Parents who regularly read themselves will model this love of reading for their children from an early age. When your child sees how excited you get to read your own books and to dive back into them each day, it’ll spark a similar response in your child. Similarly, starting a conversation about what thrills you about your own books will encourage your child to do the same. 

“Voluminous reading is key to helping a child acquire both vocabulary and knowledge,” says Burke. “Oral language and conversations that are rich in ideas and concepts are key to building background knowledge and building confidence.”

Routines are incredibly helpful in this endeavor. Reading books together and asking questions of your child to get their feedback on the material will feel like the joyful experience reading really is. 

“Creating a reading routine at home demonstrates the importance of reading,” says Burke. “Having books in the home library and rereading favorite books is a terrific way to build confidence in vocabulary and fluency.” 

Create a cozy environment to read in — even building a blanket fort adds to the magic! — and designate it as their special reading space, where it’s quiet and they can concentrate. 

4. Find the Right Books

When you speak with your child’s teacher, asking them for recommendations for the best books for your child’s reading level will be a helpful tool in improving your child’s reading skills. 

“Books in a series can help children deepen their understanding of the plot and characters by adding information about the characters as they read the next book in a series,” says Burke. “The books have a style and design that children become accustomed to and they can begin to anticipate how the author will share the story.”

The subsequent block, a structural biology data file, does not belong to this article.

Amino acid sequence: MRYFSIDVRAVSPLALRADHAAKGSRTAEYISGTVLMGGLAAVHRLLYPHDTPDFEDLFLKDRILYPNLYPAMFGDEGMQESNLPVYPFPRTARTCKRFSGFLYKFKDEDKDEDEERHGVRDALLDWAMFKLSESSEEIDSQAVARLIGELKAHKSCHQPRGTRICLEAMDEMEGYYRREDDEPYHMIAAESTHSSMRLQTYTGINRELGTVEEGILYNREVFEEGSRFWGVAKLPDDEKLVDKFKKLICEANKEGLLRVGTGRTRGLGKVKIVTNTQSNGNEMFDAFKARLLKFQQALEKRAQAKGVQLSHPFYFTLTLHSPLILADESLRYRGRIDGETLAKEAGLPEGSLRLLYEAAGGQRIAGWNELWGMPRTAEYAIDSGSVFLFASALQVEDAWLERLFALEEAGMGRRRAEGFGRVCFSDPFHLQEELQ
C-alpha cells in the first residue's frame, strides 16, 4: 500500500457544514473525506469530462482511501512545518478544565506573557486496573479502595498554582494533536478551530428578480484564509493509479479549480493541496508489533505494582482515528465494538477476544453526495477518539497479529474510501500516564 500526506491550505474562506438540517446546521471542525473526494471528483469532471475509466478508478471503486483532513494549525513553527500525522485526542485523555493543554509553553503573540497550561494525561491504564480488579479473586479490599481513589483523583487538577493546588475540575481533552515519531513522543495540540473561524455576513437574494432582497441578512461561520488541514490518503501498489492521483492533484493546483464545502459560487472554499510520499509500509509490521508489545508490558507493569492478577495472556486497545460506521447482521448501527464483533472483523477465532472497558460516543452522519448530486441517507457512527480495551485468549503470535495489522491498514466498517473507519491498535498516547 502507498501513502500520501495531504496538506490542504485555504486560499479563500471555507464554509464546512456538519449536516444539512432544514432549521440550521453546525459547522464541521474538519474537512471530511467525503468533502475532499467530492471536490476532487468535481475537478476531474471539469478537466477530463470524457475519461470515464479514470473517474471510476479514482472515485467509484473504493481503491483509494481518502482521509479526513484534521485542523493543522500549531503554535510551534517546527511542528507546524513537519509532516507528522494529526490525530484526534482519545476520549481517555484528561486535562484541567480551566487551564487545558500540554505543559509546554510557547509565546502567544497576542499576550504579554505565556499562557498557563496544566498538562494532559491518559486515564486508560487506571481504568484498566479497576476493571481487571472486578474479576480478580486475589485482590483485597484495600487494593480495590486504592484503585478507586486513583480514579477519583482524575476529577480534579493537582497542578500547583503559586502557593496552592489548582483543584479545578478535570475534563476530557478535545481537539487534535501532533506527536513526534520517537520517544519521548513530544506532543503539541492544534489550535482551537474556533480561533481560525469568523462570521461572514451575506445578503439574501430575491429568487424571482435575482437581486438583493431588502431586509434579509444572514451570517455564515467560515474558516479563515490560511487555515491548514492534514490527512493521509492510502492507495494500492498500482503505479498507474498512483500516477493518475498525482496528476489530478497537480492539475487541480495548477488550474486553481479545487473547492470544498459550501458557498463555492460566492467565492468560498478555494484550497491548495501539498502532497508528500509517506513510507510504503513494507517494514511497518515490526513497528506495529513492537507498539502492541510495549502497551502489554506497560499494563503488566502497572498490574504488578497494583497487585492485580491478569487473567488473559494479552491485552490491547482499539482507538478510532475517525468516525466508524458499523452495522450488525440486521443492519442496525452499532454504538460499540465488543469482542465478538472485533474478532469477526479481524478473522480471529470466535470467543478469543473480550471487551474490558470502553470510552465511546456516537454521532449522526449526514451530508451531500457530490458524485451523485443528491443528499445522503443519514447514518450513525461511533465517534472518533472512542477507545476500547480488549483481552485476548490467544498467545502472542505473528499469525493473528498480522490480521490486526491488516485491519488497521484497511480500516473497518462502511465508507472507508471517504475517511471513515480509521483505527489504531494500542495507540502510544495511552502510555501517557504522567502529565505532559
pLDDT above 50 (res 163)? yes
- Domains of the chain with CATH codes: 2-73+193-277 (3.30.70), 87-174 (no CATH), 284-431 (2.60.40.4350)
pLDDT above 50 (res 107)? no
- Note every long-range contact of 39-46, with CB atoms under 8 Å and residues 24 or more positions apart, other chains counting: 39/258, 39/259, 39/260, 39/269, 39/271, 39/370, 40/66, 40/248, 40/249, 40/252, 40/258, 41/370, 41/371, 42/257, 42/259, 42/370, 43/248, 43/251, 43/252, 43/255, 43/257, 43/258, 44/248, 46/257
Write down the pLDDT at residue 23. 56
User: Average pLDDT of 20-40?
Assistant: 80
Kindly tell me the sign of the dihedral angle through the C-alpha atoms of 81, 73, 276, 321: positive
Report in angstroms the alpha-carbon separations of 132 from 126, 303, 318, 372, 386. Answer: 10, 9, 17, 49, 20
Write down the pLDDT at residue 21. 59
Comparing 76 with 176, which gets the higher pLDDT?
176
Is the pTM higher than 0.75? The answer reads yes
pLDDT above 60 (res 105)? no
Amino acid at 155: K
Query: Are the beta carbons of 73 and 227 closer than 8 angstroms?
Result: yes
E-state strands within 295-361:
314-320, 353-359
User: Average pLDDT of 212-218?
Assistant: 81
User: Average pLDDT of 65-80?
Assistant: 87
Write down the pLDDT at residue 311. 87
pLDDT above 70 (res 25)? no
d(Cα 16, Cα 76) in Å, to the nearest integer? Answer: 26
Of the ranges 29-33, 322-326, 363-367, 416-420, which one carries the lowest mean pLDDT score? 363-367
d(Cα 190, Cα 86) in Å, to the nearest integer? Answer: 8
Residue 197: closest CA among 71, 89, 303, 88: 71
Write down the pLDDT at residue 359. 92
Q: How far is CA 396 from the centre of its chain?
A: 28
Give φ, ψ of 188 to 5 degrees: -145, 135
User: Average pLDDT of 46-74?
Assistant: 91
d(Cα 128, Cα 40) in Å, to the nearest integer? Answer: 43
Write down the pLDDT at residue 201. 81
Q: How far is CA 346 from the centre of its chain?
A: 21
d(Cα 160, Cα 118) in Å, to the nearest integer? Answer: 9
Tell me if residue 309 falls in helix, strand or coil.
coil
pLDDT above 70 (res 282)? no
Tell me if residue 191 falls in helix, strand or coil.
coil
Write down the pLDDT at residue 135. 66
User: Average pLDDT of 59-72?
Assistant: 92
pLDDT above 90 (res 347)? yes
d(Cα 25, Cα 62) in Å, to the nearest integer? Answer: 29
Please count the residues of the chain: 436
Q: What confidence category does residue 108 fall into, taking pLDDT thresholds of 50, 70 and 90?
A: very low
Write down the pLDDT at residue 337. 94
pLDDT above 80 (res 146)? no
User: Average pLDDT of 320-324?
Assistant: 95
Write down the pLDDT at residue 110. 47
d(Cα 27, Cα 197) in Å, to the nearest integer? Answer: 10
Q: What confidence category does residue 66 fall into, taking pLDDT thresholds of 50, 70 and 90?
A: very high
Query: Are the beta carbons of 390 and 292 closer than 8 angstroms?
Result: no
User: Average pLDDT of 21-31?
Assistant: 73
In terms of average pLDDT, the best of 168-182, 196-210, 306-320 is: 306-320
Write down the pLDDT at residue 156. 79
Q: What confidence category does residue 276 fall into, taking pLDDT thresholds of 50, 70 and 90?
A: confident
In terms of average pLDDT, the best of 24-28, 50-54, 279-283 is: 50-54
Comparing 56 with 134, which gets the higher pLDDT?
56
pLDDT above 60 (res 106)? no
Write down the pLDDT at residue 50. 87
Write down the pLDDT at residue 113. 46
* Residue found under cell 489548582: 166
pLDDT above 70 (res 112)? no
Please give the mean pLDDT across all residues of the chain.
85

Early chapter book series and graphic novels are wonderful ways to bridge the gap in reading comprehension, and can provide the step children need to graduate from picture books and read-alouds to independent reading. 

Keep in mind to indulge their interests when creating a reading list, too. “Have children pick books that interest them,” says Burke. “Have them read various books with the same theme or topic. Reading every day is critical to improving skills.”

5. Make It Fun

Don’t forget to make the process enjoyable! Very often, children become discouraged from reading because they come to view the activity as a chore, rather than a fun pastime. In addition, many children often just do not find the right books that spark their interests. 

In order to start fresh and teach your child that reading is fun and adventurous, consider thinking outside the box and creating fun activities around reading as well.

“Have children write stories, draw pictures of their favorite characters, and write words to describe them,” says Burke. “Talk with children about what they are reading, read aloud even with older children, model what fluent readers do. Partner read — take turns reading a page each. Sharing the reading can be a fun way to experience the story together.”

Shop popular books for improving reading skills below! ​​You can find all books and activities at The Scholastic Store.

For more tips on finding books at the right level for your child, visit our guide on reading levels for kids.

For more quick tips and book recommendations, sign up for our Scholastic Parents newsletter!

You'll also get 10% off your first order at the Scholastic Store Online.

Raise a Reader Blog
Age 13
Age 10
Age 12
Age 11
Age 9
Age 8
Age 7
Age 6
Age 5